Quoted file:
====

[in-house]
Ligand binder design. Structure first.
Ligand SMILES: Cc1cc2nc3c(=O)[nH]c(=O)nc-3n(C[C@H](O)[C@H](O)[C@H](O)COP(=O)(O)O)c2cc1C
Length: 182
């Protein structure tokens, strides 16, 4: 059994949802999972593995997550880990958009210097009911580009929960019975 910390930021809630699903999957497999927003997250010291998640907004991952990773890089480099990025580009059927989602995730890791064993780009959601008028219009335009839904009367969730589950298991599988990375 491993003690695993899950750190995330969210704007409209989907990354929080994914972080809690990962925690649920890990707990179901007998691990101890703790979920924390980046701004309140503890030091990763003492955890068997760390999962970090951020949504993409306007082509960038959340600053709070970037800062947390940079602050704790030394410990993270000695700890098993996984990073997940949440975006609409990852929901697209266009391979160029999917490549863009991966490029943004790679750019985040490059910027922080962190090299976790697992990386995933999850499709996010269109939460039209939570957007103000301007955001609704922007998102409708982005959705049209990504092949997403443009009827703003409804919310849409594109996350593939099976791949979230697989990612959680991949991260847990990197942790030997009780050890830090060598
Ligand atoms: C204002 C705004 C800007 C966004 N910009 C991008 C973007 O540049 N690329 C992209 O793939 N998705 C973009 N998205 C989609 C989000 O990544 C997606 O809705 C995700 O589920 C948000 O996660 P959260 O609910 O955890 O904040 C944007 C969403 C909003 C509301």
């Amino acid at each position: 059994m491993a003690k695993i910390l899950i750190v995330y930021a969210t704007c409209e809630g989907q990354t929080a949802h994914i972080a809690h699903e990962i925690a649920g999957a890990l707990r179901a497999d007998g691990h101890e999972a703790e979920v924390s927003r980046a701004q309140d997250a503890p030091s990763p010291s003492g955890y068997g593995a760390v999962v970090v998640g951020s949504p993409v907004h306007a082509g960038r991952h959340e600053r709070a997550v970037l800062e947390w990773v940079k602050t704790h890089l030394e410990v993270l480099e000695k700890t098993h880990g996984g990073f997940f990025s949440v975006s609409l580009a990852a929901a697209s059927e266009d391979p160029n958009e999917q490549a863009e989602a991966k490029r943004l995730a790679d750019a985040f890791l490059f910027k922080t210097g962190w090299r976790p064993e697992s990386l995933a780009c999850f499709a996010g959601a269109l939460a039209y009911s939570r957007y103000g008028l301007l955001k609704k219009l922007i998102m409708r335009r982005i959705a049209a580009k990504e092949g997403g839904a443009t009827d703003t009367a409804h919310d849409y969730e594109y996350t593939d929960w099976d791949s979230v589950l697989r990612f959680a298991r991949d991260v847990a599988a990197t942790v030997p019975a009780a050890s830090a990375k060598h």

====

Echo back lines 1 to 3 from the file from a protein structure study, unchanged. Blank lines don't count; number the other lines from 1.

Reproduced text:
[in-house]
Ligand binder design. Structure first.
Ligand SMILES: Cc1cc2nc3c(=O)[nH]c(=O)nc-3n(C[C@H](O)[C@H](O)[C@H](O)COP(=O)(O)O)c2cc1C